• Animal trainer or veterinary technician -- Dog obedience trainer, behavior problem consultant
  • Automobile mechanic -- Can visualize how the entire car works
  • Computer-troubleshooter and repair -- Can visualize problems in computers and networks
  • Small appliance and lawnmower repair -- Can make a nice local business
  • Handcrafts of many different types such as wood carving, jewelry making, ceramics, etc.
  • Laboratory technician -- Who modifies and builds specialized lab equipment
  • Web page design -- Find a good niche market can be done as freelance work
  • Building trades -- Carpenter or welder. These jobs make good use of visual skills but some people will not be able to do them well due to motor and coordination problems.
  • Video game designer -- Stay out of this field. Jobs are scarce and the field is overcrowded. There are many more jobs in industrial, communications business and software design computer programming. Another bad thing about this job is exposure to violent images.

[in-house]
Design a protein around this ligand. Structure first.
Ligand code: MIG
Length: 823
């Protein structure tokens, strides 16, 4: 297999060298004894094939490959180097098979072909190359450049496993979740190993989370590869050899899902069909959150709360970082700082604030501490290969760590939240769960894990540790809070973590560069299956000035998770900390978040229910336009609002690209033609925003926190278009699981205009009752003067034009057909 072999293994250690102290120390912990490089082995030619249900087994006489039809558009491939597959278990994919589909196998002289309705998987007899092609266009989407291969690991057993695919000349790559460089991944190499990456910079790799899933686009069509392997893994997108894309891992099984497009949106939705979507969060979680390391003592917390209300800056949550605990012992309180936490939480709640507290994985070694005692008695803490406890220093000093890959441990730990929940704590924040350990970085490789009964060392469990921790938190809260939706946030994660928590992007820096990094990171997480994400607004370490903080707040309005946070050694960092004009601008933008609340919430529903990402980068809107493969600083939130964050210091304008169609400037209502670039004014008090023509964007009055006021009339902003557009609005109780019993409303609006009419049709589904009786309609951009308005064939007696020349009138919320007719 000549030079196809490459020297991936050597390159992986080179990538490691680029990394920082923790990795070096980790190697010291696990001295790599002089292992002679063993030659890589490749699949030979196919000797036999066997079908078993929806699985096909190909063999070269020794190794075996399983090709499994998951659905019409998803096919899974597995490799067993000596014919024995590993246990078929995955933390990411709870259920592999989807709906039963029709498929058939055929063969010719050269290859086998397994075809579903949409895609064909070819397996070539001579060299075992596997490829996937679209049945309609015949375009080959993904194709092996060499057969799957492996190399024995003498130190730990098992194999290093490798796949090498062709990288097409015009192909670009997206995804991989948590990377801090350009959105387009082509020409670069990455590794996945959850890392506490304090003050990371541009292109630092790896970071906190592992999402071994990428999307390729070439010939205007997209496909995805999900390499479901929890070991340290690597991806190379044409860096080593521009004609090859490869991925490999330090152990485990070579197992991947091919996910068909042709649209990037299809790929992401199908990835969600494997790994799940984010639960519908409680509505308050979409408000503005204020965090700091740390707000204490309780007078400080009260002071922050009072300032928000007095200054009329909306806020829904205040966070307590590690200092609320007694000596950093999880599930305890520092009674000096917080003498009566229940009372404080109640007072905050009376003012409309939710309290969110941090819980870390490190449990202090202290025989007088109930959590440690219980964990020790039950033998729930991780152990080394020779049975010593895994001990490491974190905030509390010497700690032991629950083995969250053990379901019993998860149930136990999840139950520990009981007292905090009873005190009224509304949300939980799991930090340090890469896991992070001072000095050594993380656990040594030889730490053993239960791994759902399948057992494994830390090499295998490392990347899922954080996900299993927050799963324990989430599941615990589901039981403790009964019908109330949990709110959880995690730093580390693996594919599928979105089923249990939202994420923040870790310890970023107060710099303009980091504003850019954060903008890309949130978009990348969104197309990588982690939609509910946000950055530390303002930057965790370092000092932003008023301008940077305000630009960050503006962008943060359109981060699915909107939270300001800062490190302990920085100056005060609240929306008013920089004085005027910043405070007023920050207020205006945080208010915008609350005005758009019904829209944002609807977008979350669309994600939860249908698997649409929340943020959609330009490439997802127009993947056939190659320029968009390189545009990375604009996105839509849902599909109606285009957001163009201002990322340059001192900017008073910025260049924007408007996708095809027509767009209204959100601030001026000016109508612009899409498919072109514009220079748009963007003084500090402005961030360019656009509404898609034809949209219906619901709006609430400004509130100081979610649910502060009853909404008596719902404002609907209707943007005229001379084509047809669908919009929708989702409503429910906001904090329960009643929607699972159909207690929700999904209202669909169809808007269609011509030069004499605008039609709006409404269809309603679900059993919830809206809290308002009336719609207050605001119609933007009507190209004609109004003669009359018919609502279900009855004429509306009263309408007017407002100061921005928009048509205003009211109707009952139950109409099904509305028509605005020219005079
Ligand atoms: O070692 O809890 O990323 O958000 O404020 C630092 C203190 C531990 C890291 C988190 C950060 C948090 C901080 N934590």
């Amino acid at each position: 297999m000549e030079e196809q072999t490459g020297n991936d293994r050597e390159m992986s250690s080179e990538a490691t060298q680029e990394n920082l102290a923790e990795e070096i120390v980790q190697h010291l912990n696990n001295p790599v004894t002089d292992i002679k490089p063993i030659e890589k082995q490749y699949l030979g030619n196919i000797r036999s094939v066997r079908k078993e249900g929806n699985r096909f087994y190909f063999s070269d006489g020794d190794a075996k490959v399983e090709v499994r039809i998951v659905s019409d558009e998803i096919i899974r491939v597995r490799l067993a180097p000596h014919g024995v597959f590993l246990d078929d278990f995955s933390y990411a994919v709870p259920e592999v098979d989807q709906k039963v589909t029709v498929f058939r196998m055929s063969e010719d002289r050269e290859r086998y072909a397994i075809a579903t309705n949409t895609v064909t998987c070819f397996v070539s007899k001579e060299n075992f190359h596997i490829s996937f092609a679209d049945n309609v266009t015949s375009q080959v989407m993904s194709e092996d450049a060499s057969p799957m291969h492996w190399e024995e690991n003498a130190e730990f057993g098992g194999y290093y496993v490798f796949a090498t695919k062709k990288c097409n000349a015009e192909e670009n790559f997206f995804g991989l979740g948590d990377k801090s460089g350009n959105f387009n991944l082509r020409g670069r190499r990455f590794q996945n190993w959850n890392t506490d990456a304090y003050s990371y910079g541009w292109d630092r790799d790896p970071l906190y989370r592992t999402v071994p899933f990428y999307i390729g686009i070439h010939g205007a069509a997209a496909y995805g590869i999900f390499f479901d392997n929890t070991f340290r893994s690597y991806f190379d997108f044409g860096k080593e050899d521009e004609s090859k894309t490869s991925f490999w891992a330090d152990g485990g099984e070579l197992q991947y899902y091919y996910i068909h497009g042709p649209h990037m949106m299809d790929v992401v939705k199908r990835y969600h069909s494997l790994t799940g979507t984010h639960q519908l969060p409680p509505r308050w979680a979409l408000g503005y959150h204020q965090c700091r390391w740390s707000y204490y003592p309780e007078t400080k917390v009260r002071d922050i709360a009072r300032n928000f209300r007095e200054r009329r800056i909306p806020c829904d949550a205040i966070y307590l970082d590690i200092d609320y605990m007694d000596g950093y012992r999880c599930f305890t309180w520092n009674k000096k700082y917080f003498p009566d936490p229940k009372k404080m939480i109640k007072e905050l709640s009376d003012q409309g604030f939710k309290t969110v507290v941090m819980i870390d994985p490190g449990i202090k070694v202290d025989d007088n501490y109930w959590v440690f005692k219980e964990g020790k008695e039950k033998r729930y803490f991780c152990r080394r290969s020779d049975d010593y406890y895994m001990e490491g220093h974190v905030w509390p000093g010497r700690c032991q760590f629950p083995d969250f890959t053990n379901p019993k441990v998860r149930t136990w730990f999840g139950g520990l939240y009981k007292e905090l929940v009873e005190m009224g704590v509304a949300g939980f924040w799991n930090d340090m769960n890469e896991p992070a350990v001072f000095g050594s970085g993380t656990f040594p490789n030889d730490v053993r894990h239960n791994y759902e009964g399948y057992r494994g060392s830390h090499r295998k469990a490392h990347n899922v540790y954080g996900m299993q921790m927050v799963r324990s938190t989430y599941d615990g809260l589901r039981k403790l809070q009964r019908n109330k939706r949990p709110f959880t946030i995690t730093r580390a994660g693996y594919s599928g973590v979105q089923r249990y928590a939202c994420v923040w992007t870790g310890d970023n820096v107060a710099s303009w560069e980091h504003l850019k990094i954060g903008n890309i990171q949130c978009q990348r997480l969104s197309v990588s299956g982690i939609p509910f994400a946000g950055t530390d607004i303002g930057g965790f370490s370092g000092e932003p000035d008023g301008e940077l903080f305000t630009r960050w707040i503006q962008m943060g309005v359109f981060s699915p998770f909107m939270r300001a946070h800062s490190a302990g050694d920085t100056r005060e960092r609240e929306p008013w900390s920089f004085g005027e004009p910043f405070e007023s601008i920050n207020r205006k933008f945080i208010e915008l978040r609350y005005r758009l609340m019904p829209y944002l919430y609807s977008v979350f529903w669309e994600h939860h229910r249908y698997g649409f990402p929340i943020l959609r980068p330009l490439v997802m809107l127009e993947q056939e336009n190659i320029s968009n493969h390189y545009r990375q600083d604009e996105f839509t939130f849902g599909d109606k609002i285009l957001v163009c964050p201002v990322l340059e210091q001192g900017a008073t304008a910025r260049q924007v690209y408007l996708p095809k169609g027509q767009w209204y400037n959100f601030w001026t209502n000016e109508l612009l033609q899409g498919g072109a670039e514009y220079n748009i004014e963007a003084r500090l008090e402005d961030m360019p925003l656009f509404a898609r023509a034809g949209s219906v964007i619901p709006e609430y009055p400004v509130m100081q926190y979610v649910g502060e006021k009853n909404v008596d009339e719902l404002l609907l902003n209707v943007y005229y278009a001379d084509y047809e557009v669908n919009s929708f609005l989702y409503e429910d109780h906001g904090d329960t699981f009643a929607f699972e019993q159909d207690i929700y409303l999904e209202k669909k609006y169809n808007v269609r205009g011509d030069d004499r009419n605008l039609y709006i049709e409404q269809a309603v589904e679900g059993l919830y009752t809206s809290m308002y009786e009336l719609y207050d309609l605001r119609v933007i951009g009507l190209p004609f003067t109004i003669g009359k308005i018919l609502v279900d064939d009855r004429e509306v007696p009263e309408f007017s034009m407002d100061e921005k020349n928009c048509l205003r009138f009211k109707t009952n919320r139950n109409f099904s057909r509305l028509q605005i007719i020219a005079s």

• Computer animation -- Visual thinkers would be very good at this field, but there is more competition in this field than in business or industrial computer programming. Businesses are recruiting immigrants from overseas because there is a shortage of good programmers in business and industrial fields.
  • Building maintenance -- Fixes broken pipes, windows and other things in an apartment complex, hotel or office building
  • Factory maintenance -- Repairs and fixes factory equipment

Table 3

Good Jobs for Non-Visual Thinkers: Those who are good at math, music or facts

  • Accounting -- Get very good in a specialized field such as income taxes
  • Library science -- reference librarian. Help people find information in the library or on the Internet.
  • Computer programming -- Less visual types can be done as freelance work
  • Engineering -- Electrical, electronic and chemical engineering
  • Journalist -- Very accurate facts, can be done as freelance